Council approves Entergy acquisition ordinances
Although negotiations between Benton Utilities and Entergy Arkansas, LLC are still ongoing regarding BU’S acquisition of Entergy property near Exit 114, the Benton City Council approved two ordinances relating to the matter including a measure that calls for a special election in March
2020 if a settlement between the two companies cannot be reached.
BU is interested in servicing an area located north of Interstate 30 (near Exit 114), but the area is currently being serviced by Entergy.
In 2008, the Benton City Council
annexed a large land parcel near Exit 114.
According to Benton Utilities officials, the Arkansas Public Service Commission creates maps that define service areas of nonmunicipal electric utilities. The Exit 114 property was split between Entergy and First Electric Cooperative.
John Bethel, director of public affairs for Entergy, addressed the council during Monday night’s council meeting asking the council not to approve the ordinances stating that approval could jeopardize the negotiations. He previously asked the aldermen during the November meeting to hold off on a vote until the December meeting, which the council agreed to do.
“At that time we were making progress toward reaching an agreement with the Benton Utilities Commission on resolving the matter of dispute between the two of us,” Bethel said. “I think that we have an agreement in principal. We don’t have that agreement produced to writing and ready to present to you tonight.”
According to Benton Utilities, at the time of annexation, the property was underdeveloped and there were no customers, distribution properties or facilities to purchase. Benton Utilities contacted both companies which, at that time, agreed that nothing existed to be purchased and that Benton Utilities would serve the area.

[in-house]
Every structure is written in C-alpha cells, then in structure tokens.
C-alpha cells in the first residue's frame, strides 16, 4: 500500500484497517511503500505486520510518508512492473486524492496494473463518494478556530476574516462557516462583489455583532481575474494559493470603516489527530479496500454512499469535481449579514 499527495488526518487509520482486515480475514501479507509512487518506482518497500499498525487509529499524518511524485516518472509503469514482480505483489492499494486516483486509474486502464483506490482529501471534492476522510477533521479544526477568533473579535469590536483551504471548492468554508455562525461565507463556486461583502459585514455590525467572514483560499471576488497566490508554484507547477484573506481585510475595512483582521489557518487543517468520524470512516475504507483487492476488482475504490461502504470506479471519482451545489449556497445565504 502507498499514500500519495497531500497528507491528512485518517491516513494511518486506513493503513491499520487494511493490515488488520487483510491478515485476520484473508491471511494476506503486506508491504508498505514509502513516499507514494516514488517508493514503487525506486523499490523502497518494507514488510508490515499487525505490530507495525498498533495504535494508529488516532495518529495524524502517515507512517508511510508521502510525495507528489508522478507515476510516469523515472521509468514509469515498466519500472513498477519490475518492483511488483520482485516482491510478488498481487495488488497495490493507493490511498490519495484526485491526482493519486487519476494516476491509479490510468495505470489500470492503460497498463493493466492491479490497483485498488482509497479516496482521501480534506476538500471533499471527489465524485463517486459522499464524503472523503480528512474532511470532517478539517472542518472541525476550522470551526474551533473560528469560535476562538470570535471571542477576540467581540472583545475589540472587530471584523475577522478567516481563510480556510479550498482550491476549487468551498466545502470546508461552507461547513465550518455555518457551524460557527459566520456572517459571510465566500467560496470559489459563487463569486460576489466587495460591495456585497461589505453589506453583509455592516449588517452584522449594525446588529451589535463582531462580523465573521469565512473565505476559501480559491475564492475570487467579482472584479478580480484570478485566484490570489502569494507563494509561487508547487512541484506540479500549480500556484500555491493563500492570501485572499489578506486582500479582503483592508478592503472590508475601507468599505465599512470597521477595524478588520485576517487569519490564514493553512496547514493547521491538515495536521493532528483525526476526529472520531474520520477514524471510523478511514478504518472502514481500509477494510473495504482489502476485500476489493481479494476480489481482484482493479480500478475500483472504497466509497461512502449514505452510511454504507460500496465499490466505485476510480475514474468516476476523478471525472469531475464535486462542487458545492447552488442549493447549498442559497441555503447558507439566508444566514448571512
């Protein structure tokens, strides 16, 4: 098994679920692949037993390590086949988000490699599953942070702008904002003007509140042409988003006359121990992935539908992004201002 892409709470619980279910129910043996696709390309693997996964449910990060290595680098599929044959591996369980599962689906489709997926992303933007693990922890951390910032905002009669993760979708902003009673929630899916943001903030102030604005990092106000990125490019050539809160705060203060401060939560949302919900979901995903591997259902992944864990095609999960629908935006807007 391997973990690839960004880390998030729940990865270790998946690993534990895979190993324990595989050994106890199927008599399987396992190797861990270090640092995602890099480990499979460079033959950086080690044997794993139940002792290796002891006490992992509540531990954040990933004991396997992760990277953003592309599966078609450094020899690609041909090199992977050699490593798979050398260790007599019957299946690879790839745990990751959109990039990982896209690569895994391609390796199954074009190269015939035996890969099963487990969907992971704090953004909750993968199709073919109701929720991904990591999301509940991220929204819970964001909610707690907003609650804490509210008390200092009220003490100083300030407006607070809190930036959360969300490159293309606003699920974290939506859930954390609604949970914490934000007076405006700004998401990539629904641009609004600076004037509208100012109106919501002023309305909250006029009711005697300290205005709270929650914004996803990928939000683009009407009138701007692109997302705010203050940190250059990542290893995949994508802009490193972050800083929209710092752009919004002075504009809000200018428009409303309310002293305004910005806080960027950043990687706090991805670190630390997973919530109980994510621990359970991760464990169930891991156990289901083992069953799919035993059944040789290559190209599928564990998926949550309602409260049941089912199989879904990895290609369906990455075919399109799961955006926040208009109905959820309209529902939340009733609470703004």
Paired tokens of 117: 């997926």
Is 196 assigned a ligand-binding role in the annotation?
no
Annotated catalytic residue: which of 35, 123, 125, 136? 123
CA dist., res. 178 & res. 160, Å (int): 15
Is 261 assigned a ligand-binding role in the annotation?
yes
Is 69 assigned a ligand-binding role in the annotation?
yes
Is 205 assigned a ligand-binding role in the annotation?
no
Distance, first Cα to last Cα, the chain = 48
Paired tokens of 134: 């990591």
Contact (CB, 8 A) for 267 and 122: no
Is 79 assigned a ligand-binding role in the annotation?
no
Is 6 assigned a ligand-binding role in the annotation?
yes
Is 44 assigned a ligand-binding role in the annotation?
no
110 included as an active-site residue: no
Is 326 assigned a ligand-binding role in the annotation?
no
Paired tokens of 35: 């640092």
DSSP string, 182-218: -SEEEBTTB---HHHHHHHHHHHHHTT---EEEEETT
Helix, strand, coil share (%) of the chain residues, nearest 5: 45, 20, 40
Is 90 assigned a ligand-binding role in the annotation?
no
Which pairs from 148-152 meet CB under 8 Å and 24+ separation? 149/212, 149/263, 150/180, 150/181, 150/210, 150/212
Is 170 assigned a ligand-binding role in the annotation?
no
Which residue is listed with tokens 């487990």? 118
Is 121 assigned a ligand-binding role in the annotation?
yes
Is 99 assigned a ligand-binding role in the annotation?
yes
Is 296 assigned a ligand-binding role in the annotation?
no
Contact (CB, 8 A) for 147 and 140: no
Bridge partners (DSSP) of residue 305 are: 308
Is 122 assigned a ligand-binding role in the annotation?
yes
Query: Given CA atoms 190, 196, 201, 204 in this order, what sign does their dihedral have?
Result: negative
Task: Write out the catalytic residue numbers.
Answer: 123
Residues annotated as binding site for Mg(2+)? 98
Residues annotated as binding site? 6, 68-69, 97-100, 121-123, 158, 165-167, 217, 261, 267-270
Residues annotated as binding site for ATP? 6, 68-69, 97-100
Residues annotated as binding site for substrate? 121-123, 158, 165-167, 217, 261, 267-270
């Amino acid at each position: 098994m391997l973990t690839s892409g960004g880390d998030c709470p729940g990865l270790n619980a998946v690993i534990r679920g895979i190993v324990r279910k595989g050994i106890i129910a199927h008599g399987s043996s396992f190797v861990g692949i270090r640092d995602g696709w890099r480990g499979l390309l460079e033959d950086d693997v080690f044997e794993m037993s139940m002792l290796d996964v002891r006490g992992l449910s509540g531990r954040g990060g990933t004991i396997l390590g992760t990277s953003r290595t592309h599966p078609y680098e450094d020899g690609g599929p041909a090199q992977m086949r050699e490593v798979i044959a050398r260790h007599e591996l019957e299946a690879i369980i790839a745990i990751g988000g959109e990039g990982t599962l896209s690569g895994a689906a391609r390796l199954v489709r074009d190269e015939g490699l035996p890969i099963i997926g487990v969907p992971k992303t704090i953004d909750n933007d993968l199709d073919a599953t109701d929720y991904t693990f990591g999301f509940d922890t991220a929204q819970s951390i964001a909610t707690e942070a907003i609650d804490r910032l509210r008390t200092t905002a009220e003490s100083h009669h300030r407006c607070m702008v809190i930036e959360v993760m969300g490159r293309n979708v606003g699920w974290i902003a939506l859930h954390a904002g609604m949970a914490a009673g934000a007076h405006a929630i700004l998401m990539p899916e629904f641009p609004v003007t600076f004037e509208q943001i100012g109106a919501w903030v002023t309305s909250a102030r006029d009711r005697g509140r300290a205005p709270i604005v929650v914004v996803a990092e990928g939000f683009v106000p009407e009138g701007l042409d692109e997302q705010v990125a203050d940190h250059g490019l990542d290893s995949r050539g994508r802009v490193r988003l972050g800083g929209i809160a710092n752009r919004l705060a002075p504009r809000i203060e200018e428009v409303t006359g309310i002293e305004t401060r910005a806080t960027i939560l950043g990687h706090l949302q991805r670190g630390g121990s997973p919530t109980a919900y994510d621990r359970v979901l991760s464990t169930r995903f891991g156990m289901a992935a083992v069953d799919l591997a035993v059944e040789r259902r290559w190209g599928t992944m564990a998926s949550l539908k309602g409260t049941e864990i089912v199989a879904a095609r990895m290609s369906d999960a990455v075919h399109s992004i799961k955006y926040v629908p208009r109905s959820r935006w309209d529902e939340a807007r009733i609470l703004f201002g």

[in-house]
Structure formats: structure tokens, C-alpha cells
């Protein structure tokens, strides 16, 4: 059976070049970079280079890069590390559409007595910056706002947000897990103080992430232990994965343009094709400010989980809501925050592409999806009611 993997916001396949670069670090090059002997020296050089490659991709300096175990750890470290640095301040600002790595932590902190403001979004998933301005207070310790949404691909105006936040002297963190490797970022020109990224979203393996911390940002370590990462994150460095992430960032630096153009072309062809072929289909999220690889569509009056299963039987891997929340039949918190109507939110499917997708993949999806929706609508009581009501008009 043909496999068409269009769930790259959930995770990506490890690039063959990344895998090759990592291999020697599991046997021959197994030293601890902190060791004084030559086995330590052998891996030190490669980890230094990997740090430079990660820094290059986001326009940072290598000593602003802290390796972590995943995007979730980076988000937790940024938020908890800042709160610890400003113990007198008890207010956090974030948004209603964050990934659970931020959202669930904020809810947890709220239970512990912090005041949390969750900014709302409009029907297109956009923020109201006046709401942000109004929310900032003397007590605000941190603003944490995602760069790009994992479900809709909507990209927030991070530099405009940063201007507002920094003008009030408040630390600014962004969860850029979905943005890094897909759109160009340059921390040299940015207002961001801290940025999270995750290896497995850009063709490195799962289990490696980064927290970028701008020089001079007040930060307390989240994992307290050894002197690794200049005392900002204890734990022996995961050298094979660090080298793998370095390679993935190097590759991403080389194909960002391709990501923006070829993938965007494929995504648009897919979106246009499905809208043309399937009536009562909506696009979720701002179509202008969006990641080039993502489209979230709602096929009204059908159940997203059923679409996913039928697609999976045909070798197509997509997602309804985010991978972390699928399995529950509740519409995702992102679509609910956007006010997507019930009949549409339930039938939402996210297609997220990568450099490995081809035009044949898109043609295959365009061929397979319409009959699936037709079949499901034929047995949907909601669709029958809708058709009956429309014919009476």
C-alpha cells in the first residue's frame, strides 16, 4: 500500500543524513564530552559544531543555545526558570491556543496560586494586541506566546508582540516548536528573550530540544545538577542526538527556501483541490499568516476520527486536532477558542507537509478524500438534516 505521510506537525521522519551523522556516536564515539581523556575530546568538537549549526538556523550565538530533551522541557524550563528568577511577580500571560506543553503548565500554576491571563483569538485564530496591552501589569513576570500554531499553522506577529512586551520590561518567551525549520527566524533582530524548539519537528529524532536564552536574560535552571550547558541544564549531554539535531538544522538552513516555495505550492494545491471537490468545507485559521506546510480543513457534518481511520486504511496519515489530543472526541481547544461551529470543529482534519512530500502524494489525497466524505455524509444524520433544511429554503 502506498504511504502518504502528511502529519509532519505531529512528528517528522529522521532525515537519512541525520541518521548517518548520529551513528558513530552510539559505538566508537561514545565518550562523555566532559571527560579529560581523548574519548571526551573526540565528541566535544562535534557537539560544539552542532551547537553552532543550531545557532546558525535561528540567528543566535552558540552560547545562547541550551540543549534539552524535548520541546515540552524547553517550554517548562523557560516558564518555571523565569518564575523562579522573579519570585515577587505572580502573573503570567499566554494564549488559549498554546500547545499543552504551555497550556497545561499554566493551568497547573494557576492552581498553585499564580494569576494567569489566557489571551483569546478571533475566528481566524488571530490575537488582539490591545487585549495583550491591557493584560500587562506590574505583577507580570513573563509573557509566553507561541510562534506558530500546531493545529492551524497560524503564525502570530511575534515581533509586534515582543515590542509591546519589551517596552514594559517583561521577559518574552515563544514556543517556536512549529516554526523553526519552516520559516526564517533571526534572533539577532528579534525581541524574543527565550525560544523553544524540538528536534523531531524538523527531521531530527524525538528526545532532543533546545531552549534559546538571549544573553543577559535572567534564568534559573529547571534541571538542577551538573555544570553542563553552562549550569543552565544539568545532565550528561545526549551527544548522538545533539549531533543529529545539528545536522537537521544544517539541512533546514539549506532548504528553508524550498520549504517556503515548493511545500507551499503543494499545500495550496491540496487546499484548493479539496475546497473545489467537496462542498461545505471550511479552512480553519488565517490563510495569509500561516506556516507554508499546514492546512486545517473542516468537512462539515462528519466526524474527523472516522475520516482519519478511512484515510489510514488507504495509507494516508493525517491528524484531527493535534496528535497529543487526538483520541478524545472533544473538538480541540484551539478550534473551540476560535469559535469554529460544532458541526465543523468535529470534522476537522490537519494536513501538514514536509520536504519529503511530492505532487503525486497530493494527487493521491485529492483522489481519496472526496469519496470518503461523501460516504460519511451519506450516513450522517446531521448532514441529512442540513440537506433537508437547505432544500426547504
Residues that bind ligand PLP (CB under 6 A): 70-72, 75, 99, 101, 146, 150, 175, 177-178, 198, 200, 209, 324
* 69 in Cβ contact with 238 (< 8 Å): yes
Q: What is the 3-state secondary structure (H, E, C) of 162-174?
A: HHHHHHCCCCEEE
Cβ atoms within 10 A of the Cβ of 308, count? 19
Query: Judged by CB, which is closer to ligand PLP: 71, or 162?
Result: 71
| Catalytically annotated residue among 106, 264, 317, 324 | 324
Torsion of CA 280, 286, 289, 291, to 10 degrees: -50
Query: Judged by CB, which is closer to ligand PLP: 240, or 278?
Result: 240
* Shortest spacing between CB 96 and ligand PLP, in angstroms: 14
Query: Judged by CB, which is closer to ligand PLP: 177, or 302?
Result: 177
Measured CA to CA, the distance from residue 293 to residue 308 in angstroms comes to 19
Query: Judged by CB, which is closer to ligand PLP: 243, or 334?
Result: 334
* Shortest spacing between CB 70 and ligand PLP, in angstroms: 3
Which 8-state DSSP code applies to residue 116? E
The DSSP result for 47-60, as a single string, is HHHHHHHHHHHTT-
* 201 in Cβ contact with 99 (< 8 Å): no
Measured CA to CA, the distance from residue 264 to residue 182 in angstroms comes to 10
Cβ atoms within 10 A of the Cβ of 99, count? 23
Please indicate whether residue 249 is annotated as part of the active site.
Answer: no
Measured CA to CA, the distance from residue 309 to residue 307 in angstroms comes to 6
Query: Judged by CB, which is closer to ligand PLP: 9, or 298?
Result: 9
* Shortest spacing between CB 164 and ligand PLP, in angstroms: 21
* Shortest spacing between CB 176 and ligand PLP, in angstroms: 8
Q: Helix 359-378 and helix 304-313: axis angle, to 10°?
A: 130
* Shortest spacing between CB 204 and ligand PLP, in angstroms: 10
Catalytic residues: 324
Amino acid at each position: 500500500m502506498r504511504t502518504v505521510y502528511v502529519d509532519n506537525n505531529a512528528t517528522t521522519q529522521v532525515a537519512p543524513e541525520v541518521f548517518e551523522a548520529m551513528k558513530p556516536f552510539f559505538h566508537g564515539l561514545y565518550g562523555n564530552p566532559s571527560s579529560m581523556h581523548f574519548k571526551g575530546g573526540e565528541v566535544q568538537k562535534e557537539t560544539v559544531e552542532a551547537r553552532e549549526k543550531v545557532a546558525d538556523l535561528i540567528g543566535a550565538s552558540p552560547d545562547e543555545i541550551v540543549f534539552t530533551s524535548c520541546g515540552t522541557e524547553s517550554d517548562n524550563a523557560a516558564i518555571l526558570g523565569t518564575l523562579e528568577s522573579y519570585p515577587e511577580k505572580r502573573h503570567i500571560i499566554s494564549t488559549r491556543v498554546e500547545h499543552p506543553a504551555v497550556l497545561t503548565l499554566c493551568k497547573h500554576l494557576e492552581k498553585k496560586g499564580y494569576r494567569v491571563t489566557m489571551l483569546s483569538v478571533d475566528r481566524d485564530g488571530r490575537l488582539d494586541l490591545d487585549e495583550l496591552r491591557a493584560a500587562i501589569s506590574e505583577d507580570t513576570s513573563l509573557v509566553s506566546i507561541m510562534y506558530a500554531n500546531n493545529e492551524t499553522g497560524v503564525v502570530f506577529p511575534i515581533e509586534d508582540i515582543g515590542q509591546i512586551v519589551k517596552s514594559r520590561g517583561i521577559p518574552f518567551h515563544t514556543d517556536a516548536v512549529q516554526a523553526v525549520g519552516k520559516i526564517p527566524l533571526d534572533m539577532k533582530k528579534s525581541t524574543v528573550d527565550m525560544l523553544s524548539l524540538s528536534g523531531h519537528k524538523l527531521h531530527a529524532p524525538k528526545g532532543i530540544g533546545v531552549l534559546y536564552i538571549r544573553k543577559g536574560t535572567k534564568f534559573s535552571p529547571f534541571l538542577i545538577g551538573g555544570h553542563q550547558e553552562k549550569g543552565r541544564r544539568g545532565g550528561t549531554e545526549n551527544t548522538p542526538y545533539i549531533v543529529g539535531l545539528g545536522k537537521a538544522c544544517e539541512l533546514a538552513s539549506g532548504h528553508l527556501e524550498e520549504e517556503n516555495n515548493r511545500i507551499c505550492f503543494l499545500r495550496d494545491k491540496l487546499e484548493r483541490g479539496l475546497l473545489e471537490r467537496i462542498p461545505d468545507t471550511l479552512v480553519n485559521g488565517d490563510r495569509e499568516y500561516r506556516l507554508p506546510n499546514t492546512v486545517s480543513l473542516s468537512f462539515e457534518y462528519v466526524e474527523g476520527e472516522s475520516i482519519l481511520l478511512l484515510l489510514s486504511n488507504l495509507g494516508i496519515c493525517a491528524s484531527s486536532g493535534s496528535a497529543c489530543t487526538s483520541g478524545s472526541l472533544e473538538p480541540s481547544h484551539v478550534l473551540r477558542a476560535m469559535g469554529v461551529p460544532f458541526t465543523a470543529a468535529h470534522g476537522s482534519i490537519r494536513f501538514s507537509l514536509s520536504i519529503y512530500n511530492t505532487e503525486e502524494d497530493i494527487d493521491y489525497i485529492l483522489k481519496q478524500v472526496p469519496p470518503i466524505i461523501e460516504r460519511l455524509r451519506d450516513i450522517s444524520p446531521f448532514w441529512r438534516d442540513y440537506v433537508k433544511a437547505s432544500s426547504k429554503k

Benton Utilities officials claim now that the area is poised for significant development, Entergy argues that Benton Utilities has no right to serve the property.
Alderman Steve Lee and City Attorney Brent Houston both questioned Bethel as to why Entergy opposes the ordinances due to the fact that they can be repealed if an agreement is reached.
“Explain that if it passed tonight, how would that negatively affect the negotiation process between the city and Entergy,” Houston said.
Bethel answered by saying that an approval vote would start a “formal process.”
“Making preparations for an election declares the city is, by it’s own ordinances, intending to act to take our property,” Bethel said. “Right now that hasn’t happened, but when it does, certainly we have to consider what actions we may need to take to protect and defend our rights just as you believe you need to do that.”
If the ordinances were not approved during last night’s meeting, the city would miss the required deadline set by state law when calling a special election.
Bethel also said that by not approving the ordinances, the negotiations could “continue to be positive.”
“We’re on a time frame, the city is,” said Alderman Bill Donner. “We have to have these documents done in order to get it on the ballot next year. But, if y’all agree, we can go up to the day before the election and remove it from the ballot.”
Jason Carter, the attorney representing Benton Utilities in the matter, also addressed the council.
“I want to echo the point that Mr. Bethel said that we do feel like we are at a point where we have an agreement in principal… we believe we are negotiating to agreeable terms,” Carter said.
While a special election could be held in April, holding it in March results in lower costs for the city.
Public Utilities Commission Chairman Elect Doug Stracener said that it is his personal recommendation that the ordinances be passed.
“I think it’s imperative that this is passed,” Stracener said. “We can back out of (the election) any time up until that day… right now (Entergy) has nothing that is pushing them. If we pass this, they will come to the table more readily.”
BU general manager David Vondran also stated that the election can be called off should the companies reach a settlement, but by approving the ordinances BU would have a back-up plan in place for the possible acquisition.
“As Benton Utilities and Entergy walk out on a trapeze on a high wire as we approach each other with this negotiated settlement, we can always reach a settlement prior to the election,” Vondran said. “But, it is nice knowing that we have this net underneath us. I do believe that this net will encourage Entergy to continue working with us in good faith toward reaching that agreement.”
Vondran also stated that he was hopeful that an agreement would be ready to be presented to the Benton City Council’s Community Services Committee at their next meeting which will be held on January 16.
All aldermen present for the meeting voted to approve both ordinances. Alderman Steve Brown was absent from the meeting.